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As far as I understand there's no way to make Time Machine with SMB/CIFS; you have to connect using AFP.

Is that true ? Is there a way to make it work ?

I'm using OS X Lion.

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Please include what version of OS X you are running, as there were changes to SMB in Lion (it was removed) that will affect your question. –  cksum Sep 22 '11 at 7:39
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Done. I don't think SMB was removed from Lion ... I can connect to a SMB share. –  Cedric H. Sep 22 '11 at 7:41
    
Thanks Cedric. This may be an article of interest to you: frankleng.me/2011/07/21/… Although I'm not sure if you can hook Time Machine into that set up or not. –  cksum Sep 22 '11 at 8:43
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Let me clarify about SMB being "removed". With Lion, Apple removed the open-source SAMBA implementation, which is a clone of the functions of Microsoft SMB. Apple replaced SAMBA with their own proprietary stack that they call SMBX, which is designed to perform the same functions. Apple did this largely because they couldn't meet the open source licensing requirements of SAMBA. There is little or no documentation about SMBX at this time. –  Wheat Williams Sep 22 '11 at 14:06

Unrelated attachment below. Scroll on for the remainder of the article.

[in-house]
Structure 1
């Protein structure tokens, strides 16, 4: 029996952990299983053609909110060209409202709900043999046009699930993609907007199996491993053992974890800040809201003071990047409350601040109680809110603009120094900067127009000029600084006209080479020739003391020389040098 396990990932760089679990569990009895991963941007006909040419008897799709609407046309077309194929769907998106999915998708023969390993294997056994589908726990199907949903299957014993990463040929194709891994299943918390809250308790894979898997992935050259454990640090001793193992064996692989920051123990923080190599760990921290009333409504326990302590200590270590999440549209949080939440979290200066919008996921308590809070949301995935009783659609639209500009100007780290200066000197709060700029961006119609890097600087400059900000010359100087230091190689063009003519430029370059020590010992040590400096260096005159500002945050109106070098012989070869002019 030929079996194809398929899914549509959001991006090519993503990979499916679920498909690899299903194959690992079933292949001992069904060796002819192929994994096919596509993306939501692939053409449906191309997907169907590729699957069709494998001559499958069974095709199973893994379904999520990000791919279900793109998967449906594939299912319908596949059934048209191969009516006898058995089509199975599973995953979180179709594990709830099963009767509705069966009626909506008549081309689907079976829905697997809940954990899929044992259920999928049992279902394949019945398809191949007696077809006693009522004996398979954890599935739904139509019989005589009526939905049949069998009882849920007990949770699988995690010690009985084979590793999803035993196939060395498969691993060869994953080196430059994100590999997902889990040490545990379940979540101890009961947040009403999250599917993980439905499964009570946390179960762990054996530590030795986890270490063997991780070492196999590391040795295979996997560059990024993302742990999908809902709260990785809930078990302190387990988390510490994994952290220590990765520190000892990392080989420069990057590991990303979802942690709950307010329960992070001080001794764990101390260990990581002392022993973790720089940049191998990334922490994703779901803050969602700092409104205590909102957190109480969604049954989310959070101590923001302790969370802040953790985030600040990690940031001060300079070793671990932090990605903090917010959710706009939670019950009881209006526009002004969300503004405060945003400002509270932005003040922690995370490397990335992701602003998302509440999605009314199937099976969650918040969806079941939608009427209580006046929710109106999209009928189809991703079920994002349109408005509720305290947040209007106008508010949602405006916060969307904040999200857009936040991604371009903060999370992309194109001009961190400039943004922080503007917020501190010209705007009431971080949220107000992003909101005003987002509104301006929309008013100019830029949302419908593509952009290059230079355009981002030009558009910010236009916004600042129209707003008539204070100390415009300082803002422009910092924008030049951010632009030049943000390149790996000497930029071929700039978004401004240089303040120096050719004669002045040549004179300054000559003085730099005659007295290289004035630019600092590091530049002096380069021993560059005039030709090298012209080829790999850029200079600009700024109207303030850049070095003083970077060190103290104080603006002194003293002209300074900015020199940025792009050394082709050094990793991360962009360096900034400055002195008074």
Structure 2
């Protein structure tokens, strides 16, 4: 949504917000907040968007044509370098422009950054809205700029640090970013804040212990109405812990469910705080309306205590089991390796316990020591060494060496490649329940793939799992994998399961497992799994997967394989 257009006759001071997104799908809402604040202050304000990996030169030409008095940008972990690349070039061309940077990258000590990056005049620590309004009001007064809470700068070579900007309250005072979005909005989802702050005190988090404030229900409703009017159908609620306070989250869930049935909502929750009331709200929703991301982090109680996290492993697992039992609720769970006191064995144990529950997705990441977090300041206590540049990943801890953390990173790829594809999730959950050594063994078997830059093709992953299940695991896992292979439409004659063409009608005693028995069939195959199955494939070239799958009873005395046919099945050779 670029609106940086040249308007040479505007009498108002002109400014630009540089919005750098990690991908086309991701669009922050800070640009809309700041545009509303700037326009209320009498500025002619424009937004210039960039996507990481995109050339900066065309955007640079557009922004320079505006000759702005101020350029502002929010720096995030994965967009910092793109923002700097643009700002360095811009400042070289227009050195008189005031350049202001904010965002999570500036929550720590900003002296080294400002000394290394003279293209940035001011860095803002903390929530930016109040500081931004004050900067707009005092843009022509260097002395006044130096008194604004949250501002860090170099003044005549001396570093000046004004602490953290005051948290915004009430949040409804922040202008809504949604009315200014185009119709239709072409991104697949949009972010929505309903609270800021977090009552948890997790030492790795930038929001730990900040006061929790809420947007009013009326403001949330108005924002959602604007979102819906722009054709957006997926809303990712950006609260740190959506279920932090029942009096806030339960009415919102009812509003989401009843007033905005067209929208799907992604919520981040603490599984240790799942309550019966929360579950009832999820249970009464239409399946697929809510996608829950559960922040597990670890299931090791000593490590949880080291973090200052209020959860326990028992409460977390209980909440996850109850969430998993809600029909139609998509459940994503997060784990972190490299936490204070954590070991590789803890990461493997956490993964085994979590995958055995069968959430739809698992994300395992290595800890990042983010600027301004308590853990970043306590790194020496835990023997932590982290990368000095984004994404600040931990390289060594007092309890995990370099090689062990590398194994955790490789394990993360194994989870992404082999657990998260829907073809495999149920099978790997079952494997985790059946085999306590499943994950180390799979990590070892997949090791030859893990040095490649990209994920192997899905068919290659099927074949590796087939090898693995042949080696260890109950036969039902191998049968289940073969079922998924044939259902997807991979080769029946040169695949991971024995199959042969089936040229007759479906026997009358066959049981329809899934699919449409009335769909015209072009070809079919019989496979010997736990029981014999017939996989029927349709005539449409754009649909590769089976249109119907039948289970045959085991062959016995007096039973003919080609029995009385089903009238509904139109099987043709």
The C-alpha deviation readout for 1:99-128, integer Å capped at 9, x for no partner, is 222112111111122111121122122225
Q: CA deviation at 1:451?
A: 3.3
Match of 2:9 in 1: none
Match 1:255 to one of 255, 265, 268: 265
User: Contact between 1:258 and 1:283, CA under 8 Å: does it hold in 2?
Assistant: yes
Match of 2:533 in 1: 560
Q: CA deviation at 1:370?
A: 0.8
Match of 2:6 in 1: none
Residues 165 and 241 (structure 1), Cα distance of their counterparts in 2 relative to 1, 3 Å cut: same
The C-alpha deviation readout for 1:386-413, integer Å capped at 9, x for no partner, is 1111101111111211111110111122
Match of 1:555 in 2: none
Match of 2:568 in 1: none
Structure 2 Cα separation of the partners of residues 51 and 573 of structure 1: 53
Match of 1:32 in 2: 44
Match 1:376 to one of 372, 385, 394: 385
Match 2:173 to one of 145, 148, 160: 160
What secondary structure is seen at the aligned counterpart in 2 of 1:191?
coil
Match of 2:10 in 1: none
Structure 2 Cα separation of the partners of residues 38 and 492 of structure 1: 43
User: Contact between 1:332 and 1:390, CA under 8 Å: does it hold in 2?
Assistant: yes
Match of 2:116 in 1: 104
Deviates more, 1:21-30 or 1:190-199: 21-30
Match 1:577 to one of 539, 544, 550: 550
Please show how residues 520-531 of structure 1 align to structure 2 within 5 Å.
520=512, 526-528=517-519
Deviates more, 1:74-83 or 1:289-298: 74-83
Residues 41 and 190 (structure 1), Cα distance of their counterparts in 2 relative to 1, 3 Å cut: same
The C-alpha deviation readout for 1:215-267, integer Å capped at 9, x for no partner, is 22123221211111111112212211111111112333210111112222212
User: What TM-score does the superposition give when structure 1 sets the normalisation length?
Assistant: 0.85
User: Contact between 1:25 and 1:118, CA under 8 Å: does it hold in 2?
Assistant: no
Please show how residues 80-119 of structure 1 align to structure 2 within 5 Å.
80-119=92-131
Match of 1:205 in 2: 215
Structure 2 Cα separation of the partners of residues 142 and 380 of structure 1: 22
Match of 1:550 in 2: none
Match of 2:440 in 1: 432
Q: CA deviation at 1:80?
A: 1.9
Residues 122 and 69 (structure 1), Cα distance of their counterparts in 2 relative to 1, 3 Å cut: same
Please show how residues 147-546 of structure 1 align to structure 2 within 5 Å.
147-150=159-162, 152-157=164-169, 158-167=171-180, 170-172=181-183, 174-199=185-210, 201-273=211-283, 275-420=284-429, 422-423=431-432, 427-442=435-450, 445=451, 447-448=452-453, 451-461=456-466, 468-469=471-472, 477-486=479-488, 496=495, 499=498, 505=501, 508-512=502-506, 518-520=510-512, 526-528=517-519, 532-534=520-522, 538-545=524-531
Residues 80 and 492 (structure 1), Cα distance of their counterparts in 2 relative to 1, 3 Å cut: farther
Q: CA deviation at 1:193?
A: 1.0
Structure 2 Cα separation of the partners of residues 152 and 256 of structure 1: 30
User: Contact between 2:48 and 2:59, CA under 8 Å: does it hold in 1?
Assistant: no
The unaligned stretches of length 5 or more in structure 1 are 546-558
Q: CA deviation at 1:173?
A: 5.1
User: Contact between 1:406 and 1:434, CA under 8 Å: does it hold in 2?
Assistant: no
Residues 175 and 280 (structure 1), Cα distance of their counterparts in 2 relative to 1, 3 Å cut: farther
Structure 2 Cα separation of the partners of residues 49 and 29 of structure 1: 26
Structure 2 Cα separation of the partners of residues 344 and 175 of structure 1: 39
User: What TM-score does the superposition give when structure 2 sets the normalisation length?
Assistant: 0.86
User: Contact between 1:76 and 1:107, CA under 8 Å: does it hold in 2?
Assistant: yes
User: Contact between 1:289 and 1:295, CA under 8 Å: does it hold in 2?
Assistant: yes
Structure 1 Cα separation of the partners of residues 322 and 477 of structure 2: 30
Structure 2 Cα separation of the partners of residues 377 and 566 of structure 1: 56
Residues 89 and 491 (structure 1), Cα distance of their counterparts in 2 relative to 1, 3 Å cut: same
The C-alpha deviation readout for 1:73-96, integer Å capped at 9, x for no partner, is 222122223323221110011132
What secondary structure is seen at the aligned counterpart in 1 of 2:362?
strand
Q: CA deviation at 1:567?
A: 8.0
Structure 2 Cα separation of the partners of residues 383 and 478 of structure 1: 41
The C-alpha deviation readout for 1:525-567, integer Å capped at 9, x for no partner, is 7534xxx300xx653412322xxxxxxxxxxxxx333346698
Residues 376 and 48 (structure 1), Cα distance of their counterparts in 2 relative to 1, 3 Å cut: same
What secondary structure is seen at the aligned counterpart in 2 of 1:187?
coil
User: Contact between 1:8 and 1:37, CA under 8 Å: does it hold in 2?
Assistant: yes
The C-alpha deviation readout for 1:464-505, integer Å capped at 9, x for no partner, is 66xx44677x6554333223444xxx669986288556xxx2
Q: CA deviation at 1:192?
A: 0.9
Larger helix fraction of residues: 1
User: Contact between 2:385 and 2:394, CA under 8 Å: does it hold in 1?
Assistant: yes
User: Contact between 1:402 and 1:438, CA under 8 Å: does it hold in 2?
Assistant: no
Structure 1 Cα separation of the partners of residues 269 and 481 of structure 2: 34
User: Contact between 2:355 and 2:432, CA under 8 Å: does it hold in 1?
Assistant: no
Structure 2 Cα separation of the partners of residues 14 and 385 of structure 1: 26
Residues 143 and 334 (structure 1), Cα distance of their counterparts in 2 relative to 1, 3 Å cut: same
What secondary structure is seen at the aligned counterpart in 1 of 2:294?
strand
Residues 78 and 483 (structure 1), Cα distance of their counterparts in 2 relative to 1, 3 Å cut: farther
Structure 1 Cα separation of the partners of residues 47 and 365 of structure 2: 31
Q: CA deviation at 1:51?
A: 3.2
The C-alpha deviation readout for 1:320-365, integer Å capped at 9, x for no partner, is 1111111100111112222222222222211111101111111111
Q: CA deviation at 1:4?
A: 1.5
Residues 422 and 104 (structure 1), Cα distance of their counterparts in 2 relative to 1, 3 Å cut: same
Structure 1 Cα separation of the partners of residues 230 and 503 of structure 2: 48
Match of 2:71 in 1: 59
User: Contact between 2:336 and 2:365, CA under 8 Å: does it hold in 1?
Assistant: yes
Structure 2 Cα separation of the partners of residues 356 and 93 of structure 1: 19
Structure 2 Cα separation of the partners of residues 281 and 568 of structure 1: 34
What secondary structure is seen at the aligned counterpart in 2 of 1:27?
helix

Apple's official documentation does indeed say that Time Machine only works over AFP. If there is a way to get it to work over SMB/CIFS, that's a work-around. –  Wheat Williams Sep 22 '11 at 14:07

2 Answers 2

up vote 3 down vote accepted

A guy worked on this:

Lion, Time Machine and AFP feature bits

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You'll need to create a HFS+ .sparsebundle disk image and use the tmutil command line utility to tell Time Machine to use that drive as the backup destination. In turn, you can put that drive just about anywhere. Note that you need to give a permanent home (i.e. don't move it elsewhere) to the disk image first before targeting it with tmutil as a backup destination.

I've recently wrote a blog post how to use a network drive as a Time Machine destination. You can also use the same technique to use drives with other filesystems (like NTFS for example) as a Time Machine destination drive, as long as Lion can write to it (for NTFS, you'll need either NTFS-3G, Tuxera, or Paragon's drivers to write to them).

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This is the best answer here (easiest to implement), but the other one was also helpful. –  Brian Knoblauch Jul 24 '13 at 14:44

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